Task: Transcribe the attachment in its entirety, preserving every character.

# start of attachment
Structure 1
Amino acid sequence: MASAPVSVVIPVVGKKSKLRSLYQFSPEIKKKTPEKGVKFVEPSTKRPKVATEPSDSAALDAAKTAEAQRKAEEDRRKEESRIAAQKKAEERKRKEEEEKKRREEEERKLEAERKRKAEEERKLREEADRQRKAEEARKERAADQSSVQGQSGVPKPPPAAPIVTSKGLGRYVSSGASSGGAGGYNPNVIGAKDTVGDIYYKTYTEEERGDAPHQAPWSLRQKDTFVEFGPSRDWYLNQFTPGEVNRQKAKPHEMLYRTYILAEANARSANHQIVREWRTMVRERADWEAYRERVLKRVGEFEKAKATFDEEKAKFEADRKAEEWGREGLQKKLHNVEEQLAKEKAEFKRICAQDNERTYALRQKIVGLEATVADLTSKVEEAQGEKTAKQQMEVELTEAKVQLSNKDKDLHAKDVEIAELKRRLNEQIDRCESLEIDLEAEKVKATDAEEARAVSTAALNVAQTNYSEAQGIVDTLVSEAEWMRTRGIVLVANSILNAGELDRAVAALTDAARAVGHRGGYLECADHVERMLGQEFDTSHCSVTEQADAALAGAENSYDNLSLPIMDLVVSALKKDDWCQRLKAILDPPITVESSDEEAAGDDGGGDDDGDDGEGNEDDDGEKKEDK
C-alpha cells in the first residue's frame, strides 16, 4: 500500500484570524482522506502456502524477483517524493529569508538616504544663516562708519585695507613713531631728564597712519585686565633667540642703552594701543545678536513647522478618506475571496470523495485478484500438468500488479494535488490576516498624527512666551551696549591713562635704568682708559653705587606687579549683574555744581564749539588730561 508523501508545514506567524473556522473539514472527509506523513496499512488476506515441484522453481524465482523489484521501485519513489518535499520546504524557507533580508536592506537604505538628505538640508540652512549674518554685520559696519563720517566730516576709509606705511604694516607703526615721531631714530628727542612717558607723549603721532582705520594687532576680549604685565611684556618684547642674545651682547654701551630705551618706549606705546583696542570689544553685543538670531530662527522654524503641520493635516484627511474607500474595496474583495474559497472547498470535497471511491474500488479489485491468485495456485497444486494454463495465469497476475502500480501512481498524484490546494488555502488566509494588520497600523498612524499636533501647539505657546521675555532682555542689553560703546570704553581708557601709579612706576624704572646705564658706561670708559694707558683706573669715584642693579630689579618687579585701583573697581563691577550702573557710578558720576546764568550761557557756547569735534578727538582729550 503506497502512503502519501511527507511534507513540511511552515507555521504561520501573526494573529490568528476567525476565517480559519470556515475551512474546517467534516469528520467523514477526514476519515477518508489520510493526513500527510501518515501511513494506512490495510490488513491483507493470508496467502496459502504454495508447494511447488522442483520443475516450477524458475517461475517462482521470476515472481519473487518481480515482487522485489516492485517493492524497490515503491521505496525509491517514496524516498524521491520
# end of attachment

Structure 1
Amino acid sequence: MASAPVSVVIPVVGKKSKLRSLYQFSPEIKKKTPEKGVKFVEPSTKRPKVATEPSDSAALDAAKTAEAQRKAEEDRRKEESRIAAQKKAEERKRKEEEEKKRREEEERKLEAERKRKAEEERKLREEADRQRKAEEARKERAADQSSVQGQSGVPKPPPAAPIVTSKGLGRYVSSGASSGGAGGYNPNVIGAKDTVGDIYYKTYTEEERGDAPHQAPWSLRQKDTFVEFGPSRDWYLNQFTPGEVNRQKAKPHEMLYRTYILAEANARSANHQIVREWRTMVRERADWEAYRERVLKRVGEFEKAKATFDEEKAKFEADRKAEEWGREGLQKKLHNVEEQLAKEKAEFKRICAQDNERTYALRQKIVGLEATVADLTSKVEEAQGEKTAKQQMEVELTEAKVQLSNKDKDLHAKDVEIAELKRRLNEQIDRCESLEIDLEAEKVKATDAEEARAVSTAALNVAQTNYSEAQGIVDTLVSEAEWMRTRGIVLVANSILNAGELDRAVAALTDAARAVGHRGGYLECADHVERMLGQEFDTSHCSVTEQADAALAGAENSYDNLSLPIMDLVVSALKKDDWCQRLKAILDPPITVESSDEEAAGDDGGGDDDGDDGEGNEDDDGEKKEDK
C-alpha cells in the first residue's frame, strides 16, 4: 500500500484570524482522506502456502524477483517524493529569508538616504544663516562708519585695507613713531631728564597712519585686565633667540642703552594701543545678536513647522478618506475571496470523495485478484500438468500488479494535488490576516498624527512666551551696549591713562635704568682708559653705587606687579549683574555744581564749539588730561 508523501508545514506567524473556522473539514472527509506523513496499512488476506515441484522453481524465482523489484521501485519513489518535499520546504524557507533580508536592506537604505538628505538640508540652512549674518554685520559696519563720517566730516576709509606705511604694516607703526615721531631714530628727542612717558607723549603721532582705520594687532576680549604685565611684556618684547642674545651682547654701551630705551618706549606705546583696542570689544553685543538670531530662527522654524503641520493635516484627511474607500474595496474583495474559497472547498470535497471511491474500488479489485491468485495456485497444486494454463495465469497476475502500480501512481498524484490546494488555502488566509494588520497600523498612524499636533501647539505657546521675555532682555542689553560703546570704553581708557601709579612706576624704572646705564658706561670708559694707558683706573669715584642693579630689579618687579585701583573697581563691577550702573557710578558720576546764568550761557557756547569735534578727538582729550 503506497502512503502519501511527507511534507513540511511552515507555521504561520501573526494573529490568528476567525476565517480559519470556515475551512474546517467534516469528520467523514477526514476519515477518508489520510493526513500527510501518515501511513494506512490495510490488513491483507493470508496467502496459502504454495508447494511447488522442483520443475516450477524458475517461475517462482521470476515472481519473487518481480515482487522485489516492485517493492524497490515503491521505496525509491517514496524516498524521491520